The Hardcore Diaries

by Mick Foley

Description: If I, as merely a wrestling fan, were to espouse the same ideas and make the same comments and criticisms about WWE's creative policies that Mick Foley does in his latest autobiography The Hardcore Diaries, my ideas would be called "fantasy booking" and I would be derisively tagged as a jaded cynic who needs to get off the internet and out of mommy's basement and worry about more important things than wrestling. But when Foley himself concocts outrageous, but perfectly plausible and potentially entertaining angles and gimmicks for his upcoming appearances only to find himself mystified by the company's ineptitude at conceiving of and executing said concepts, it becomes a story about not just one man, but an entire industry suffering a crisis of confidence about what qualifies as good business. Sadly, the details of this captivating and volatile conflict are found lurking amid a 370 page rant that far too frequently veers from its supposed subject (wrestling, I think) into politics and treacly anecdotes about the Hardcore one's well-intentioned philanthropy, among other topics.

That isn't to say The Hardcore Diaries doesn't serve some purpose, however. Many will find it refreshing to see ol' Cactus Jack still desperately eager (for a while at least) to blow the collective minds of wrestling fans worldwide with his unique capacity for ultraviolence. If you've read Foley's other two autobiographical volumes, you ought to know what else to expect. Al Snow and Test jokes? Check. Santa Claus, Katie Couric and Terry Funk? Check. Disturbing and quizzical uses of the phrase "bald-headed champion" Again check.

Foley has always been the fan's wrestler in the ring; willing to do whatever it may take to make the maximum impact on the crowd, but the chronicle of his journey from feuding with Randy Orton, to ECW ONS '06 and his subsequent program with Ric Flair reveals him to be the fan's wrestler behind the scenes as well.

In several instances, Foley's comments sound like something you would read on one of those dirty, parasitic internet wrestling forums, but unfortunately, as a narrative, it often feels scatterbrained and not quite equal to the sum of its parts. But Foley also never lets the reader forget about the economic realities of both his and Vinnie Mac's position in the grand scheme of things. At these points, the former King of the Death Match experiences the disillusionment a large portion of his audience has felt about WWE for the last five years or so.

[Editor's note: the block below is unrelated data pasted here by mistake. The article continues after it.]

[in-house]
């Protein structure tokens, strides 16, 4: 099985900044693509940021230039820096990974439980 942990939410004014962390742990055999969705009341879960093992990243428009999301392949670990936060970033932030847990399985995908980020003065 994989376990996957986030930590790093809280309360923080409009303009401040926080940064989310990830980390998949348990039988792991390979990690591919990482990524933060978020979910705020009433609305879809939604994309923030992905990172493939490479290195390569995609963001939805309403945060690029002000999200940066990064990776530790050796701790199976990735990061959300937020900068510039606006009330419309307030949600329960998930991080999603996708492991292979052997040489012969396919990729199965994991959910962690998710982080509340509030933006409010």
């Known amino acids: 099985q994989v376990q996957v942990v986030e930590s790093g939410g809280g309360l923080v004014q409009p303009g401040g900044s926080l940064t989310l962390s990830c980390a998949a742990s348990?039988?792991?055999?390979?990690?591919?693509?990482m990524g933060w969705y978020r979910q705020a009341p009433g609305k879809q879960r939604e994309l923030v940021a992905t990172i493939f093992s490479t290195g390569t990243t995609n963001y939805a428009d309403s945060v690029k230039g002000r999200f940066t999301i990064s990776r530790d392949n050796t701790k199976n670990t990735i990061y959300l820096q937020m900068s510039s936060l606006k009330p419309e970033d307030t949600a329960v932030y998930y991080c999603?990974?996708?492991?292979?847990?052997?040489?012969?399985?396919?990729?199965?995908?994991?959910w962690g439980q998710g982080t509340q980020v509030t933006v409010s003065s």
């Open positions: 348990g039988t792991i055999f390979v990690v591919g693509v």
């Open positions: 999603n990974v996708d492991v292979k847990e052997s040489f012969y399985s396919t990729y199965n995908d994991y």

The penultimate example of such occurs on p. 141 as Mick recounts a conversation he had with WWE writer Ed Koskey regarding VKM's failure to accept Foley's request of letting Terry Funk cut a promo live on Raw, despite being adamant about how integral it was to the success of their angle. "It was then that the conspiracy theorist inside me surfaced, causing me to ask a blunt question before I had given my mind a chance to decipher the wisdom of such a choice. 'We do want this show to succeed, don't we?'"(Finally, someone says what so many of us have come to suspect.) Foley continues, "It was posed as a question, but it was obviously an accusation, and not as ridiculous as it might seem. Over the years there have seemed to be Pay-Per-Views that were designed to fail, self-fulfilling prophecies of failure for good wrestlers who were finally given top spots on shows that didn't have a chance. Sure, it seemed to be mostly an old WCW trend, but there have been times when WWE's promotion of certain shows looked so lethargic as to make one wonder." (I know that I and the 90,000 others who ordered December to Dismember did about $40 worth of wondering.)

In the meantime, Foley also devotes a chapter to a surreal encounter involving not only the Johnny Ace of the War in Iraq Paul Wolfowitz, but also Doonesbury creator Gary Trudeau. Throughout the book, he makes enough far-left liberal laments about the Bush administration to nearly cause one to check the spine and see if they bought an Al Franken book by mistake. Ultimately, the crux of Foley's political pontifications is the general sentiment that George W. Bush is to world diplomacy and domestic prosperity what Vince McMahon is to realistic characters and technical wrestling.

If you can't stomach that comparison, then this probably isn't the Mick Foley book for you. And if you happen to concur with that rasslin'/poly-sci analogy, then I've already transcribed the most crucial passages of the book. The rest is either a variation on those themes in some way, or else a personal recollection, which while demonstrative of Foley's immensely likeable personality, come off as trivial at best and tedious filibustering otherwise. The humor in this installment is primarily of the gallows sort, and overall, the book feels far more rushed and its subject matter more inconsequential than his others. You should already know if you agree with Mick's point of view and if you're enough of a fan to need this book. Those only moderately interested should wait for the paperback (which will likely include a bonus chapter) or for your local library to add it to their catalog. To be candid, most fans would likely be best served by watching his in-ring work at One Night Stand '06 and with Ric Flair and making up their own minds about the merits of these moments. Whatever you decide, all you need to know is that while Foley is still good, he's often been much better.

Rating: 2 � *

Reviewed by Aaron Hurt on March 25, 2007.

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